The Phils have Hamels, who is the best pitcher in the series, but behind him there are some questions. No one is sure which Myers will show up at any given time. Will it be the awesome pitcher from the Dodger series or the erratic wife-beater? Moyer has also looked horrible this postseason and it remains to be seen whether or not his slow crap can fool good lineups in the playoffs. I have no confidence in Blanton at all. Hamels gives the Phils the edge in two games, but otherwise this is a big advantage for Tampa. Any chance Charlie Manuel bites the bullet and starts Hamels in Games 1, 4, and 7? Advantage: Rays.


Both teams have very strong pens, but Brad Lidge is the lights-out closer the Rays don't have. With Tampa, there's no clear candidate to turn to when the going gets tough (as we saw in Game 5 of the ALCS) and that could be an issue. I know that closers are overrated and all that, but in a close playoff series I think it's an asset to have an unhittable guy to turn to in crunch time. I love Grant Balfour, J.P. Howell, and Dan Wheeler, but they don't fit that description for me. When shit starts to hit the fan for the Phillies, they can turn to Lidge and not have to worry. That alone means Advantage: Phils.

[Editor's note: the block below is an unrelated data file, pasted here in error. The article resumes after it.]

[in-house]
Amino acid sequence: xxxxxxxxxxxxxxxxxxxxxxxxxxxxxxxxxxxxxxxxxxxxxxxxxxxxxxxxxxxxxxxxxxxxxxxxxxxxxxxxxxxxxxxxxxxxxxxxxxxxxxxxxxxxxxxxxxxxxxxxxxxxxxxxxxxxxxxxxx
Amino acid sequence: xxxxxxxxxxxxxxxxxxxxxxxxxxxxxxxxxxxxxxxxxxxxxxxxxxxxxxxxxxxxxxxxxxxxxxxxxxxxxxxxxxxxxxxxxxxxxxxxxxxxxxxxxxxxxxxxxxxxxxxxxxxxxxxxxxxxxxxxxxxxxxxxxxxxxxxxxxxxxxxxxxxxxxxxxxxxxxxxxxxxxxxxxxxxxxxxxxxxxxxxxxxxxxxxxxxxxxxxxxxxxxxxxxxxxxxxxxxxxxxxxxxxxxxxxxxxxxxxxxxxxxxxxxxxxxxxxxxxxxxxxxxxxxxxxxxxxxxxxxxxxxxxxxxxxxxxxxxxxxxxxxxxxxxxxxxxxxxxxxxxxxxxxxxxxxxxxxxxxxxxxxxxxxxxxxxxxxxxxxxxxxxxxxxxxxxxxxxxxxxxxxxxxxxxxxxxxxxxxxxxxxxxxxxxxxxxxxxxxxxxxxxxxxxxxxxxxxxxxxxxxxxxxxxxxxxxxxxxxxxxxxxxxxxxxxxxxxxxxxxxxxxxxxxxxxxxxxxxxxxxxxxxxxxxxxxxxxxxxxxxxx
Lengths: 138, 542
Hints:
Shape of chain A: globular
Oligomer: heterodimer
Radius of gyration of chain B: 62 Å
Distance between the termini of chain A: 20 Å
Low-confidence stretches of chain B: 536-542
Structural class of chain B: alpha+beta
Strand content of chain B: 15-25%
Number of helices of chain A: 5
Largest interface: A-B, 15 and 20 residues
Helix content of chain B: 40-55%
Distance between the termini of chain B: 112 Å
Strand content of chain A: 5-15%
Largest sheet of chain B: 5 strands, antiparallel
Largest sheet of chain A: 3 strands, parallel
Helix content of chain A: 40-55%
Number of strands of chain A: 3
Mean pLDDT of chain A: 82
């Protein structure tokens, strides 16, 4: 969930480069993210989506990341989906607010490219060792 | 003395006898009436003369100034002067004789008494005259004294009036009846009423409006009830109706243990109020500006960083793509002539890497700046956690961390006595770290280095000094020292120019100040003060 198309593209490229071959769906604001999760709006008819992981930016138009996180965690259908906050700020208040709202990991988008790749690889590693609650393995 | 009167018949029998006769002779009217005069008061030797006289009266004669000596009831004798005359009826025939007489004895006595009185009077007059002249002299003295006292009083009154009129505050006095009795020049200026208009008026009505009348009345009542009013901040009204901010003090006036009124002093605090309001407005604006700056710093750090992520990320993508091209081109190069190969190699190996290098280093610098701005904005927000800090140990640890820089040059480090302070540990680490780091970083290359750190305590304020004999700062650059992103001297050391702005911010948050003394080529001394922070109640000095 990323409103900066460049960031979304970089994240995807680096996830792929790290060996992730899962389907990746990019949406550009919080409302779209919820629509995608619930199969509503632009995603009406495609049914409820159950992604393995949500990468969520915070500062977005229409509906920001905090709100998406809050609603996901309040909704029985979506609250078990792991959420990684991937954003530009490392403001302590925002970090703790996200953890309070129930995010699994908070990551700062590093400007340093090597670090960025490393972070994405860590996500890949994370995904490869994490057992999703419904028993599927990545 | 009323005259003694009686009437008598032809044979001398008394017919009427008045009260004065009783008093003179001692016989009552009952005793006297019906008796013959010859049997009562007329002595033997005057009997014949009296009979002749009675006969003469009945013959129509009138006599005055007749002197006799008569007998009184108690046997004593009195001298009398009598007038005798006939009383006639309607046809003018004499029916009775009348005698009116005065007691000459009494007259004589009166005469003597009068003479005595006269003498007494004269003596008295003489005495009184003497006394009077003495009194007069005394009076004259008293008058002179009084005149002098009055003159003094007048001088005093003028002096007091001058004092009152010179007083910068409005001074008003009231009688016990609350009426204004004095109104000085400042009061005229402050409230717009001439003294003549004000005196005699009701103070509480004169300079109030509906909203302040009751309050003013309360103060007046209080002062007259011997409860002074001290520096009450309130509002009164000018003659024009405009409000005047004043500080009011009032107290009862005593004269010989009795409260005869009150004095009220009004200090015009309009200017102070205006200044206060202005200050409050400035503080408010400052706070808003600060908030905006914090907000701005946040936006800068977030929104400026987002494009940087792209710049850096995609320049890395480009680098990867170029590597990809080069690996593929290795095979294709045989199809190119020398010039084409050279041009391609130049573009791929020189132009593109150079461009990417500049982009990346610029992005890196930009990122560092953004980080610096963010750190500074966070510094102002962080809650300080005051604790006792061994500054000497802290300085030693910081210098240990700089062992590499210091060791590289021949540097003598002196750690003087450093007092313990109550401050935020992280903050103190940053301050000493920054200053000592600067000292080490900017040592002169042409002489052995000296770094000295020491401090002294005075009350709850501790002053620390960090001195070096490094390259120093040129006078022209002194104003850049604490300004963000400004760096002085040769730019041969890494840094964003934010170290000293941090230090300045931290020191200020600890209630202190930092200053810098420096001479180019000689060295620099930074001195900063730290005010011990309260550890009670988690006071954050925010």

Well, that was certainly long-winded. Will you just tell us who is going to win?

Why not? The Rays, again, were the best team in the best division in the AL. Their pitching staff is one of the best and their team defense is superlative. Their offense isn't great but, as they showed in the Boston series, they can bust some heads if need be. The Phils have a super top of the lineup, but it has some serious holes near the bottom and I don't believe that their pitchers (behind Hamels) can get AL hitters out. I like the Phils and they're the best NL rep since the 2004 Cardinals, but I'm going to have to go Rays in six.